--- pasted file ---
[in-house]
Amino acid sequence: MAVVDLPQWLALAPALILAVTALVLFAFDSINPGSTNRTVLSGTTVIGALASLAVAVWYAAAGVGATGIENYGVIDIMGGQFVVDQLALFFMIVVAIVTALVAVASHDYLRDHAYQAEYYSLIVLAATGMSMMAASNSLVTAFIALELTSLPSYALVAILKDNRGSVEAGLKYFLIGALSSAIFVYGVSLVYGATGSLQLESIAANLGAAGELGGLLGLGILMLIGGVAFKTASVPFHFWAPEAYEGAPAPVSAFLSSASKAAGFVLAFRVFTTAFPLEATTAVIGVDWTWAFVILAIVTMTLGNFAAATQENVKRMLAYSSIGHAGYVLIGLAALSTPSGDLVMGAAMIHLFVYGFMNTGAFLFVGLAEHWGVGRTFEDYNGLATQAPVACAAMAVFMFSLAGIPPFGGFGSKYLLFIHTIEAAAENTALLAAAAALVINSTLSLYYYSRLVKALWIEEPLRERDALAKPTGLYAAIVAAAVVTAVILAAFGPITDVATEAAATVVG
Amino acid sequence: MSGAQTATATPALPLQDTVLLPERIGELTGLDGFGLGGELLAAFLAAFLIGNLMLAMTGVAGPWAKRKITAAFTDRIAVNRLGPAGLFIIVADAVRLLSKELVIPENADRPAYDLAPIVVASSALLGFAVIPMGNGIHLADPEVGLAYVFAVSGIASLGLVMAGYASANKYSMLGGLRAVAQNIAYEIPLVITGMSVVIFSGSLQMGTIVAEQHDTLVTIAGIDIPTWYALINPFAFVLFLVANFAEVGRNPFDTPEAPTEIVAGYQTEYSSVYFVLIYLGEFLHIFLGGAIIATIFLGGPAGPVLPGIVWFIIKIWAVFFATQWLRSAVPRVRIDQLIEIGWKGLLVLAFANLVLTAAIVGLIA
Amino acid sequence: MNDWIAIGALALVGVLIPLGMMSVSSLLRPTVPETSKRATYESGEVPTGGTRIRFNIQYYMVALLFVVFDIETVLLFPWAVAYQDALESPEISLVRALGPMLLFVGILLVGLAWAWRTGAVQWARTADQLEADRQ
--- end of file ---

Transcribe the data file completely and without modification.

[in-house]
Amino acid sequence: MAVVDLPQWLALAPALILAVTALVLFAFDSINPGSTNRTVLSGTTVIGALASLAVAVWYAAAGVGATGIENYGVIDIMGGQFVVDQLALFFMIVVAIVTALVAVASHDYLRDHAYQAEYYSLIVLAATGMSMMAASNSLVTAFIALELTSLPSYALVAILKDNRGSVEAGLKYFLIGALSSAIFVYGVSLVYGATGSLQLESIAANLGAAGELGGLLGLGILMLIGGVAFKTASVPFHFWAPEAYEGAPAPVSAFLSSASKAAGFVLAFRVFTTAFPLEATTAVIGVDWTWAFVILAIVTMTLGNFAAATQENVKRMLAYSSIGHAGYVLIGLAALSTPSGDLVMGAAMIHLFVYGFMNTGAFLFVGLAEHWGVGRTFEDYNGLATQAPVACAAMAVFMFSLAGIPPFGGFGSKYLLFIHTIEAAAENTALLAAAAALVINSTLSLYYYSRLVKALWIEEPLRERDALAKPTGLYAAIVAAAVVTAVILAAFGPITDVATEAAATVVG
Amino acid sequence: MSGAQTATATPALPLQDTVLLPERIGELTGLDGFGLGGELLAAFLAAFLIGNLMLAMTGVAGPWAKRKITAAFTDRIAVNRLGPAGLFIIVADAVRLLSKELVIPENADRPAYDLAPIVVASSALLGFAVIPMGNGIHLADPEVGLAYVFAVSGIASLGLVMAGYASANKYSMLGGLRAVAQNIAYEIPLVITGMSVVIFSGSLQMGTIVAEQHDTLVTIAGIDIPTWYALINPFAFVLFLVANFAEVGRNPFDTPEAPTEIVAGYQTEYSSVYFVLIYLGEFLHIFLGGAIIATIFLGGPAGPVLPGIVWFIIKIWAVFFATQWLRSAVPRVRIDQLIEIGWKGLLVLAFANLVLTAAIVGLIA
Amino acid sequence: MNDWIAIGALALVGVLIPLGMMSVSSLLRPTVPETSKRATYESGEVPTGGTRIRFNIQYYMVALLFVVFDIETVLLFPWAVAYQDALESPEISLVRALGPMLLFVGILLVGLAWAWRTGAVQWARTADQLEADRQ